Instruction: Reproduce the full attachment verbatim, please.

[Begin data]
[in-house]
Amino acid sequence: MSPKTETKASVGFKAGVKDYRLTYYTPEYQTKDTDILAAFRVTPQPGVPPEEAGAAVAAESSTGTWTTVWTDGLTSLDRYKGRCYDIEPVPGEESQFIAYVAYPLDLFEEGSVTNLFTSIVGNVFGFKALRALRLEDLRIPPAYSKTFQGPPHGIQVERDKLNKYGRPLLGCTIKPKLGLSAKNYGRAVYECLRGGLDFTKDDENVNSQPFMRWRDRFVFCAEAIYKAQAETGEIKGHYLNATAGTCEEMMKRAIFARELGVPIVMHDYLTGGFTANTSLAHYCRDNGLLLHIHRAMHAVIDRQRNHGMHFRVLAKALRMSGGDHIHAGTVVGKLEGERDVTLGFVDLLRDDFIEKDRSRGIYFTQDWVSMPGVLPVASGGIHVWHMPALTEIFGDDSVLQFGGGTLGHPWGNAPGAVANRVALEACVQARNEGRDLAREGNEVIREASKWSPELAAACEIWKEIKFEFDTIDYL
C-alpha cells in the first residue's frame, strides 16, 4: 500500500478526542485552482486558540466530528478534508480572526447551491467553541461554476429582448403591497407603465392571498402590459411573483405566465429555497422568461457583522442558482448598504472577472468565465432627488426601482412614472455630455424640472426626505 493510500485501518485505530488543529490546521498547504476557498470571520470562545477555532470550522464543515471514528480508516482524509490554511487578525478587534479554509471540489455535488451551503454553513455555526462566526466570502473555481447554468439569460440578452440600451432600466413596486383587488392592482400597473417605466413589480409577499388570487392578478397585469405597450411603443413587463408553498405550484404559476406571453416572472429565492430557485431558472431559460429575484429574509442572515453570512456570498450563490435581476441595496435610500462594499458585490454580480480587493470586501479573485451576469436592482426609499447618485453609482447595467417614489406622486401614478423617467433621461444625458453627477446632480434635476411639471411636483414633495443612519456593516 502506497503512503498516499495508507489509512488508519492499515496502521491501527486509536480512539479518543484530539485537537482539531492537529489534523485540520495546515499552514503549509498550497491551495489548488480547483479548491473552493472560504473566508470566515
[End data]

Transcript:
[in-house]
Amino acid sequence: MSPKTETKASVGFKAGVKDYRLTYYTPEYQTKDTDILAAFRVTPQPGVPPEEAGAAVAAESSTGTWTTVWTDGLTSLDRYKGRCYDIEPVPGEESQFIAYVAYPLDLFEEGSVTNLFTSIVGNVFGFKALRALRLEDLRIPPAYSKTFQGPPHGIQVERDKLNKYGRPLLGCTIKPKLGLSAKNYGRAVYECLRGGLDFTKDDENVNSQPFMRWRDRFVFCAEAIYKAQAETGEIKGHYLNATAGTCEEMMKRAIFARELGVPIVMHDYLTGGFTANTSLAHYCRDNGLLLHIHRAMHAVIDRQRNHGMHFRVLAKALRMSGGDHIHAGTVVGKLEGERDVTLGFVDLLRDDFIEKDRSRGIYFTQDWVSMPGVLPVASGGIHVWHMPALTEIFGDDSVLQFGGGTLGHPWGNAPGAVANRVALEACVQARNEGRDLAREGNEVIREASKWSPELAAACEIWKEIKFEFDTIDYL
C-alpha cells in the first residue's frame, strides 16, 4: 500500500478526542485552482486558540466530528478534508480572526447551491467553541461554476429582448403591497407603465392571498402590459411573483405566465429555497422568461457583522442558482448598504472577472468565465432627488426601482412614472455630455424640472426626505 493510500485501518485505530488543529490546521498547504476557498470571520470562545477555532470550522464543515471514528480508516482524509490554511487578525478587534479554509471540489455535488451551503454553513455555526462566526466570502473555481447554468439569460440578452440600451432600466413596486383587488392592482400597473417605466413589480409577499388570487392578478397585469405597450411603443413587463408553498405550484404559476406571453416572472429565492430557485431558472431559460429575484429574509442572515453570512456570498450563490435581476441595496435610500462594499458585490454580480480587493470586501479573485451576469436592482426609499447618485453609482447595467417614489406622486401614478423617467433621461444625458453627477446632480434635476411639471411636483414633495443612519456593516 502506497503512503498516499495508507489509512488508519492499515496502521491501527486509536480512539479518543484530539485537537482539531492537529489534523485540520495546515499552514503549509498550497491551495489548488480547483479548491473552493472560504473566508470566515